Combine hard and soft data

We tend to admire leaders who proclaim, “If you can’t measure it, you can’t manage it.” But what if that’s not necessarily true?

Think of information as divided into two sets: hard data and soft data. Hard data is rooted in numbers and percentages. But soft data, which is equally important, demands interpretation. It’s based on judgment and impressions you collect throughout the day.

If you rely too heavily on hard data, you can get into trouble. Here’s why:

√ Soft data explain hard data. Say you crunch numbers and determine profits are up this quarter. Now you need to figure out why. Perhaps a rival lost market share due to its own botched strategy or surging market demand made the pie bigger for everyone.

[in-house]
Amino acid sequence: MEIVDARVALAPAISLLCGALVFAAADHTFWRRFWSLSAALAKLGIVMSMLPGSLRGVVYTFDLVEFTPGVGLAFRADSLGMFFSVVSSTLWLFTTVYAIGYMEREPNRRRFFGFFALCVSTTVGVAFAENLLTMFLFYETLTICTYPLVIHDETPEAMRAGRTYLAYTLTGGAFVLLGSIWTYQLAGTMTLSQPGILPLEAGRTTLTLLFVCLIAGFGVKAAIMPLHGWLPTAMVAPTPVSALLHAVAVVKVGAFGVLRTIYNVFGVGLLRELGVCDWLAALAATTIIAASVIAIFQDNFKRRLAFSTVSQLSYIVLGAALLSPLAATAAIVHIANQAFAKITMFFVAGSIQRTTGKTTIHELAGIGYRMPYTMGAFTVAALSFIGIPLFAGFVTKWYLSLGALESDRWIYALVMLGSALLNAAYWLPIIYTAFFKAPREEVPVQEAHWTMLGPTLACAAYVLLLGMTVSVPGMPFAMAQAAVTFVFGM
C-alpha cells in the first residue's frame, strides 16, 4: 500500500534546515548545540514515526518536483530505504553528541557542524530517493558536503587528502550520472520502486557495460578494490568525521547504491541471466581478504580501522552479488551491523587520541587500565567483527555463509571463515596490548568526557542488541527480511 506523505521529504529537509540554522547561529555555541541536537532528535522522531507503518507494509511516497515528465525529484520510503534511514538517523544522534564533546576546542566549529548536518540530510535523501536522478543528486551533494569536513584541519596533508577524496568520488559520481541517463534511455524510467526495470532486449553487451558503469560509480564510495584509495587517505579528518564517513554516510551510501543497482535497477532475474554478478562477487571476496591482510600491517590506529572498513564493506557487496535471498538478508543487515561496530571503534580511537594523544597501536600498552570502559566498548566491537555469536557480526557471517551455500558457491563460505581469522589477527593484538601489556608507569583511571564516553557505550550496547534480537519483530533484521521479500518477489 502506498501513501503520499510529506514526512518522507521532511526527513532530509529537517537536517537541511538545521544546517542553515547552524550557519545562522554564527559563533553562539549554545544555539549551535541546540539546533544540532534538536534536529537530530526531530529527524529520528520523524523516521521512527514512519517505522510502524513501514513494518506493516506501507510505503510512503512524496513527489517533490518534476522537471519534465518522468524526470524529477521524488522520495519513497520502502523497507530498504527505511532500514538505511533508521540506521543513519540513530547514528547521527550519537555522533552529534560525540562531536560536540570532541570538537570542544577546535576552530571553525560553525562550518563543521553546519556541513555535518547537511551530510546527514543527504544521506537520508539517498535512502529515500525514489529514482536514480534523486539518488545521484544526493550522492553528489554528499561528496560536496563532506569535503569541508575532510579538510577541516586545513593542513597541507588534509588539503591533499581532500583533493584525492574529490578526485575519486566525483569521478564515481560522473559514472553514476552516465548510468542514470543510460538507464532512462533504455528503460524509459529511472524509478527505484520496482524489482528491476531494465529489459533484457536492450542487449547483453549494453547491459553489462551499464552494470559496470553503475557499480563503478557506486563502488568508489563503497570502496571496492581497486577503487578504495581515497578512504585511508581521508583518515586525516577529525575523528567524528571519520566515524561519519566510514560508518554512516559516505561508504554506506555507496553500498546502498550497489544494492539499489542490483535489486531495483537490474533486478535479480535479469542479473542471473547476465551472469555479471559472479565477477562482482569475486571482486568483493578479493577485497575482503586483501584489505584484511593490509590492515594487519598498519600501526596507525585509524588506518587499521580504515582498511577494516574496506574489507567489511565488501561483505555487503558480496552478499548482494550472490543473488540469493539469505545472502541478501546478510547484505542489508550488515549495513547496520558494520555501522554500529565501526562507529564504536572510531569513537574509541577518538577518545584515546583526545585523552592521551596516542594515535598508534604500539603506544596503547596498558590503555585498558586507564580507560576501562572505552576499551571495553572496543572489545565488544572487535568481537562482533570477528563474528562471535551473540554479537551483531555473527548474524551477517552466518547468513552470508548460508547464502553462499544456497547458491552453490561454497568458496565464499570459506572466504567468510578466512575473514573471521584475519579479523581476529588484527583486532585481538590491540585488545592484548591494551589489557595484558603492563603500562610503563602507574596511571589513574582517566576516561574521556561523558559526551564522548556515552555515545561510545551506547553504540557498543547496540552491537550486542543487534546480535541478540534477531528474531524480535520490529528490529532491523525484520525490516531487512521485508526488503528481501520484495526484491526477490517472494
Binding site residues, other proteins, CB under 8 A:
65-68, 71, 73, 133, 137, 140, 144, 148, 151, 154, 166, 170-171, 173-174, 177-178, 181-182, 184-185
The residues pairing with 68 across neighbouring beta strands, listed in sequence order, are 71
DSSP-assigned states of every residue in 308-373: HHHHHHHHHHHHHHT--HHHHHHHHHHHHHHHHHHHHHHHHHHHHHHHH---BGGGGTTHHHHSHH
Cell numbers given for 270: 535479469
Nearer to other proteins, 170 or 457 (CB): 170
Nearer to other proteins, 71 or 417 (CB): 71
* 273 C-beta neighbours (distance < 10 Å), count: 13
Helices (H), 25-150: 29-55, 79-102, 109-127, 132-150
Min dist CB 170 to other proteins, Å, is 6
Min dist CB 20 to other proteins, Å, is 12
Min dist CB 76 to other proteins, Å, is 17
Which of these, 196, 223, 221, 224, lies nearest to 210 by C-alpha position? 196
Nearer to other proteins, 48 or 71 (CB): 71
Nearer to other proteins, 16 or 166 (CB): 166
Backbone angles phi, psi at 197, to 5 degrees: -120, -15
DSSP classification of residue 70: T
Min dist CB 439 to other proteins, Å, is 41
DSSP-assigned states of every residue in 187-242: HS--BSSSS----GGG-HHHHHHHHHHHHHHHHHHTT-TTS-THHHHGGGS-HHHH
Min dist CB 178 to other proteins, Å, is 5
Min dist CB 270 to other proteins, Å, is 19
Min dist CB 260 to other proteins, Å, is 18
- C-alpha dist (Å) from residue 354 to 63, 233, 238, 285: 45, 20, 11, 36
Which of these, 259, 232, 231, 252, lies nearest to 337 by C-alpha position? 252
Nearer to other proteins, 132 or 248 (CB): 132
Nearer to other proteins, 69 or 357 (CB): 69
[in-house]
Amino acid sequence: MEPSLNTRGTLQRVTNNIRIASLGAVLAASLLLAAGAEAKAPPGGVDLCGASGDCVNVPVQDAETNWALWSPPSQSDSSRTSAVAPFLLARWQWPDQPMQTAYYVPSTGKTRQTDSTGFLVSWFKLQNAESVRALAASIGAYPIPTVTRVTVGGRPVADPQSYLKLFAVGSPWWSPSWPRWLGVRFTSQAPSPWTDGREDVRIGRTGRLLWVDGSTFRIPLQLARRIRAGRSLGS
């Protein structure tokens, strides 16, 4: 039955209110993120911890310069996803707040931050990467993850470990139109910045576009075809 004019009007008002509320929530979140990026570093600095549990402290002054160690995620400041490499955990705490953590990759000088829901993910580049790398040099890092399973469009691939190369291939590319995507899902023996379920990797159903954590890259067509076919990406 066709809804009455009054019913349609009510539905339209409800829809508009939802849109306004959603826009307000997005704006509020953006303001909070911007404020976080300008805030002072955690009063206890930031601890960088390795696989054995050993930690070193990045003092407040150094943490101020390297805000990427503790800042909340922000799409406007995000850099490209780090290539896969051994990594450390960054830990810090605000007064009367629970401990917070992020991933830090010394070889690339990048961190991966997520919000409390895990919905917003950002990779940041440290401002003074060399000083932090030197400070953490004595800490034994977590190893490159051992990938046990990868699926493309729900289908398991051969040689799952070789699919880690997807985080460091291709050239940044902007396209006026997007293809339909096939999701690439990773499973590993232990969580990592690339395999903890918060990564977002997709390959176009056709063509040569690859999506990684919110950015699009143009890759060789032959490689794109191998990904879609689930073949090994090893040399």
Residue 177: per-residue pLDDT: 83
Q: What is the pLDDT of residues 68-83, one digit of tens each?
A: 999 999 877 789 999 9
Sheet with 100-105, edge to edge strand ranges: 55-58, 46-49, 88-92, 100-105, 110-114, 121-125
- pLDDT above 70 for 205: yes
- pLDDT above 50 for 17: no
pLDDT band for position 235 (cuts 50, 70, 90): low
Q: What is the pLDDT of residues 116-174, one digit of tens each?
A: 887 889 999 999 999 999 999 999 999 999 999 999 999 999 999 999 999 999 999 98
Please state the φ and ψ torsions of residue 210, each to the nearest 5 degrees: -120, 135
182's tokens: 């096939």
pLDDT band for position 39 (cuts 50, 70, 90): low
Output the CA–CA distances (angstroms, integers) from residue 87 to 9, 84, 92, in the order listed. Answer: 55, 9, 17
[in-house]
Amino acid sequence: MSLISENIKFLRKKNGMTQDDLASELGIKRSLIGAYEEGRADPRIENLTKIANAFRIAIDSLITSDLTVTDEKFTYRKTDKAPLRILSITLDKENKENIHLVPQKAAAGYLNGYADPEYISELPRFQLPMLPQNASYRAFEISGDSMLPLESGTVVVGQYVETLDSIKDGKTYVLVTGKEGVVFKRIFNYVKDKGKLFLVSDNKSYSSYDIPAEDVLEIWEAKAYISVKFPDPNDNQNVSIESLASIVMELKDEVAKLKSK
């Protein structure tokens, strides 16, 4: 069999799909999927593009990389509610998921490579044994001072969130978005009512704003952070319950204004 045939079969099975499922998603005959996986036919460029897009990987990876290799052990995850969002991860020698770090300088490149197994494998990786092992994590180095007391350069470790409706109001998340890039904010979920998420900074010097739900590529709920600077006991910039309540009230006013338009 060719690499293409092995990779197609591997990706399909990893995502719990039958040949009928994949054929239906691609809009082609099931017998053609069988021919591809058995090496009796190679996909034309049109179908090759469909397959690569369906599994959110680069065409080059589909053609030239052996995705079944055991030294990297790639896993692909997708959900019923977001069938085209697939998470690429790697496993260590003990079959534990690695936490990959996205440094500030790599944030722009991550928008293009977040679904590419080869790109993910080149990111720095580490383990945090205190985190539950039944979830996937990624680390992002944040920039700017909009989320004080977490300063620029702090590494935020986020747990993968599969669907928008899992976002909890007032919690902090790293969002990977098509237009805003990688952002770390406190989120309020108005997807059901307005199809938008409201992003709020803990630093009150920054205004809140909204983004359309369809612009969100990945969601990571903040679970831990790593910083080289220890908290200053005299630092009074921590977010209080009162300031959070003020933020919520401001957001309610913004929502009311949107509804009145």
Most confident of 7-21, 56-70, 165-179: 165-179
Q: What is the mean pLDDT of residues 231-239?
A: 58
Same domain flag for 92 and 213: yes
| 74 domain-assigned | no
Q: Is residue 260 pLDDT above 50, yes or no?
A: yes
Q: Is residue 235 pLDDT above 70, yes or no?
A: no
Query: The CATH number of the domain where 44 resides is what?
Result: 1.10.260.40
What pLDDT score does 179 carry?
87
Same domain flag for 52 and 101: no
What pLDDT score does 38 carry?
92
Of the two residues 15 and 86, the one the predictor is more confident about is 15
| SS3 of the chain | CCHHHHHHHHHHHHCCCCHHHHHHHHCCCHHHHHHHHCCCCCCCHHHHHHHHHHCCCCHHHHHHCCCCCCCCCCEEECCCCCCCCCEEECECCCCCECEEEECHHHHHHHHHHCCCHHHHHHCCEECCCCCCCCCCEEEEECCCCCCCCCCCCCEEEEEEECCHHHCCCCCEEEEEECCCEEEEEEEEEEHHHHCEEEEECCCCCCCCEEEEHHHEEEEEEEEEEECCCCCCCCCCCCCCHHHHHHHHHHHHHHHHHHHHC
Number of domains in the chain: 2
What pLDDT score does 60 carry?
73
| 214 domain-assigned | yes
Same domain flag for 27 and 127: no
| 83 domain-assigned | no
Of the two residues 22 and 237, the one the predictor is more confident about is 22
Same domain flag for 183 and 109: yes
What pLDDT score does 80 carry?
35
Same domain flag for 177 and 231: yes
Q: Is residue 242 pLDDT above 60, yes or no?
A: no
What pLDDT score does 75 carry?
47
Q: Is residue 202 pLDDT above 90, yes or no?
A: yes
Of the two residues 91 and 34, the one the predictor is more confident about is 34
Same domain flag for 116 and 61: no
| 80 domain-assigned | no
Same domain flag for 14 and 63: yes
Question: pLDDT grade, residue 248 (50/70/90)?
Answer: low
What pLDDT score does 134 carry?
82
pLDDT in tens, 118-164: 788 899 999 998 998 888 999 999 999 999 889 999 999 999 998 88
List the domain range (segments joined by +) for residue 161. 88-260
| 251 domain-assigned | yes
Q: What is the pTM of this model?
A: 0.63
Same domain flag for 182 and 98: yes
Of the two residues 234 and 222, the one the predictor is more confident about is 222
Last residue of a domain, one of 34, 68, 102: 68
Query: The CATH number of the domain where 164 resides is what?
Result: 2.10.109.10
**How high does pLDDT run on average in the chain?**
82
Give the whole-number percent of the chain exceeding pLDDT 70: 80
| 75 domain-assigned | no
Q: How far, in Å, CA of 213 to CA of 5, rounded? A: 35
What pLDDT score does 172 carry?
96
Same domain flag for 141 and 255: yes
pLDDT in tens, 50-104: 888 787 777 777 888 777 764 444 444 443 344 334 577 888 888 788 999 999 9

Hard data are a questionable guide. You must look past the numbers to explain what’s driving them while ­consulting your intuition.

√ Hard data are too aggregated. Executives often review financial reports that take various strands of data, synthesize them and produce a tidy, aggregated result. But that bottom-line number can prove misleading. The process of aggregating can, in itself, fool you into overlooking details buried within data points.

√ Hard data age quickly. You cannot obtain hard data instantly. Such data age rapidly because it takes time to document the basis for the numbers and enter them into a spreadsheet that lands in your inbox.

√ Hard data have cracks. Seemingly infallible data often originates from faulty input. If the recorded facts aren’t reliable at the outset, they can undermine the resulting data.

— Adapted from Simply Managing, Henry Mintzberg, Berrett-Koehler Publishers.